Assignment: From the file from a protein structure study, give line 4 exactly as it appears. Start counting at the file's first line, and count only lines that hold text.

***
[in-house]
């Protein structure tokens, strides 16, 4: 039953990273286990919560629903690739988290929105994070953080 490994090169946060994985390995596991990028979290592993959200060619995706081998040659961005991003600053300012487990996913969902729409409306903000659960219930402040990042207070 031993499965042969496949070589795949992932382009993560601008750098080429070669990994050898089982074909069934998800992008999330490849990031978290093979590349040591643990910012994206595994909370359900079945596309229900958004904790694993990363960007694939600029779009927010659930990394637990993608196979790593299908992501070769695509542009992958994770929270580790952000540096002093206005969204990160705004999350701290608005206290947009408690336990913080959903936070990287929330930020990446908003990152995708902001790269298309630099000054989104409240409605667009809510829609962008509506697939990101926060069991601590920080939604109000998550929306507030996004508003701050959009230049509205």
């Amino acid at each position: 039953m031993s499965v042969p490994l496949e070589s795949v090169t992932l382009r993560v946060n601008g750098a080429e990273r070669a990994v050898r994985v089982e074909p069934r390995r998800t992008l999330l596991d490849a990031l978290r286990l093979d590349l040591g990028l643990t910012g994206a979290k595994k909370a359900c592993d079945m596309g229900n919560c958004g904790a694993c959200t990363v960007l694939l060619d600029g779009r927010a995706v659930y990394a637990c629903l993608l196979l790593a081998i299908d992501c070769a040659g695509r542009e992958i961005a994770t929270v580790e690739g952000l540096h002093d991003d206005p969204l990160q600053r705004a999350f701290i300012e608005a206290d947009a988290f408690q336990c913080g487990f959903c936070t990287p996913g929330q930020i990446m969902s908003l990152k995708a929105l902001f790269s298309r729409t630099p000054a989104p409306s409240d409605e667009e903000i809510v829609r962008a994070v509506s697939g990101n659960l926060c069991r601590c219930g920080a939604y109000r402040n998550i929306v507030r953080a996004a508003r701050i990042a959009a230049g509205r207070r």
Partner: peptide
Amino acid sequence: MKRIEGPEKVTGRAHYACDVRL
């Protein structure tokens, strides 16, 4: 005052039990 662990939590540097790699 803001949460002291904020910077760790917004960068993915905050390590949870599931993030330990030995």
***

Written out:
Partner: peptide